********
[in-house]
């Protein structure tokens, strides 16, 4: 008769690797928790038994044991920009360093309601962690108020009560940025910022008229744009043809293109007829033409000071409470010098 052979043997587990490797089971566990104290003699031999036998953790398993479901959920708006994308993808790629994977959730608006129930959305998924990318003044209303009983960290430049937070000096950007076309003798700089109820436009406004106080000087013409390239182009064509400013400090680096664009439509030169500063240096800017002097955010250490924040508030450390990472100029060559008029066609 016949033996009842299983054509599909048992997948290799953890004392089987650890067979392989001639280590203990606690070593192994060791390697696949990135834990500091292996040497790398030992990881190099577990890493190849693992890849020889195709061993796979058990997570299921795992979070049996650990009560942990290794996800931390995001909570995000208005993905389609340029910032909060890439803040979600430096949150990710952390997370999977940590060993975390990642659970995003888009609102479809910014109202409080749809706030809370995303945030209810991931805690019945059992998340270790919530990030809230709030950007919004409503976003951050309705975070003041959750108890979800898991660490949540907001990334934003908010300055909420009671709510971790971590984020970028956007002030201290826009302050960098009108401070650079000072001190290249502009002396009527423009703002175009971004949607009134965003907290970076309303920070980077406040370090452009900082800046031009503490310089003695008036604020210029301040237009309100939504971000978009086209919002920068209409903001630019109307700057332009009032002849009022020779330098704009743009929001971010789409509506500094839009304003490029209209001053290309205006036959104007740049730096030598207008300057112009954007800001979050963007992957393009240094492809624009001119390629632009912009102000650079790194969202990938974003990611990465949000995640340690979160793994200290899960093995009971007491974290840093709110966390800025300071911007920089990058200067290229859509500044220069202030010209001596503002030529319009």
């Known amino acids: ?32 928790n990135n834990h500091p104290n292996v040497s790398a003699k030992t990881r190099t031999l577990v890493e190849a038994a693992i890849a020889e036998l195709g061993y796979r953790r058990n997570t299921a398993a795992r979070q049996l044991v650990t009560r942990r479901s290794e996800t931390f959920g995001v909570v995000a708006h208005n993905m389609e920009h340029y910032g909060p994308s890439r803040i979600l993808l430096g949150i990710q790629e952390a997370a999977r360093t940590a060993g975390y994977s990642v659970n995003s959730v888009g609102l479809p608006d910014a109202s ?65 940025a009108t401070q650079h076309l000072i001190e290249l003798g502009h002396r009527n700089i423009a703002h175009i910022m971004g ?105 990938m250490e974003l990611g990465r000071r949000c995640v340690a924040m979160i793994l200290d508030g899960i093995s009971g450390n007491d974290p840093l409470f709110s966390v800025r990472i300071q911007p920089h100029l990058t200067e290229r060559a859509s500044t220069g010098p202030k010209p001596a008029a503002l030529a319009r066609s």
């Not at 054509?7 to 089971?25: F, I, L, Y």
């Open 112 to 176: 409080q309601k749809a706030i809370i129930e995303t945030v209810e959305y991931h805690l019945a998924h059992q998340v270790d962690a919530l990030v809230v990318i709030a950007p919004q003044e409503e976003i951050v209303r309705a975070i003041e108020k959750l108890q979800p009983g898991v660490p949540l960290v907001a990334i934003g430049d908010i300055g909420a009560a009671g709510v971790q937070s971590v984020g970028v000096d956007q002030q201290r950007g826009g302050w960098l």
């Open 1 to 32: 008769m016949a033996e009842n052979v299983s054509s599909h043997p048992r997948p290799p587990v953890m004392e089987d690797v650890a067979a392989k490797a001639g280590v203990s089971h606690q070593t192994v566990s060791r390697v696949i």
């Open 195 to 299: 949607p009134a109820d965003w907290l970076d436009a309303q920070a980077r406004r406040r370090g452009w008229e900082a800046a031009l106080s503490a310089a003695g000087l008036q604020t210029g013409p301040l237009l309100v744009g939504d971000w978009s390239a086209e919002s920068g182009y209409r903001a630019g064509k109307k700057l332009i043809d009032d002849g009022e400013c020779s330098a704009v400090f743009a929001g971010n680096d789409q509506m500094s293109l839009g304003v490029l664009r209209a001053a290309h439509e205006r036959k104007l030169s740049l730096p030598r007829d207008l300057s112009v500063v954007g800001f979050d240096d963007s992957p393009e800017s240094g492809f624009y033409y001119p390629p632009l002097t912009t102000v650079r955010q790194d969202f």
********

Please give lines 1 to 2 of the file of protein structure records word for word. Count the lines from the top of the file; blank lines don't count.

[in-house]
């Protein structure tokens, strides 16, 4: 008769690797928790038994044991920009360093309601962690108020009560940025910022008229744009043809293109007829033409000071409470010098 052979043997587990490797089971566990104290003699031999036998953790398993479901959920708006994308993808790629994977959730608006129930959305998924990318003044209303009983960290430049937070000096950007076309003798700089109820436009406004106080000087013409390239182009064509400013400090680096664009439509030169500063240096800017002097955010250490924040508030450390990472100029060559008029066609 016949033996009842299983054509599909048992997948290799953890004392089987650890067979392989001639280590203990606690070593192994060791390697696949990135834990500091292996040497790398030992990881190099577990890493190849693992890849020889195709061993796979058990997570299921795992979070049996650990009560942990290794996800931390995001909570995000208005993905389609340029910032909060890439803040979600430096949150990710952390997370999977940590060993975390990642659970995003888009609102479809910014109202409080749809706030809370995303945030209810991931805690019945059992998340270790919530990030809230709030950007919004409503976003951050309705975070003041959750108890979800898991660490949540907001990334934003908010300055909420009671709510971790971590984020970028956007002030201290826009302050960098009108401070650079000072001190290249502009002396009527423009703002175009971004949607009134965003907290970076309303920070980077406040370090452009900082800046031009503490310089003695008036604020210029301040237009309100939504971000978009086209919002920068209409903001630019109307700057332009009032002849009022020779330098704009743009929001971010789409509506500094839009304003490029209209001053290309205006036959104007740049730096030598207008300057112009954007800001979050963007992957393009240094492809624009001119390629632009912009102000650079790194969202990938974003990611990465949000995640340690979160793994200290899960093995009971007491974290840093709110966390800025300071911007920089990058200067290229859509500044220069202030010209001596503002030529319009």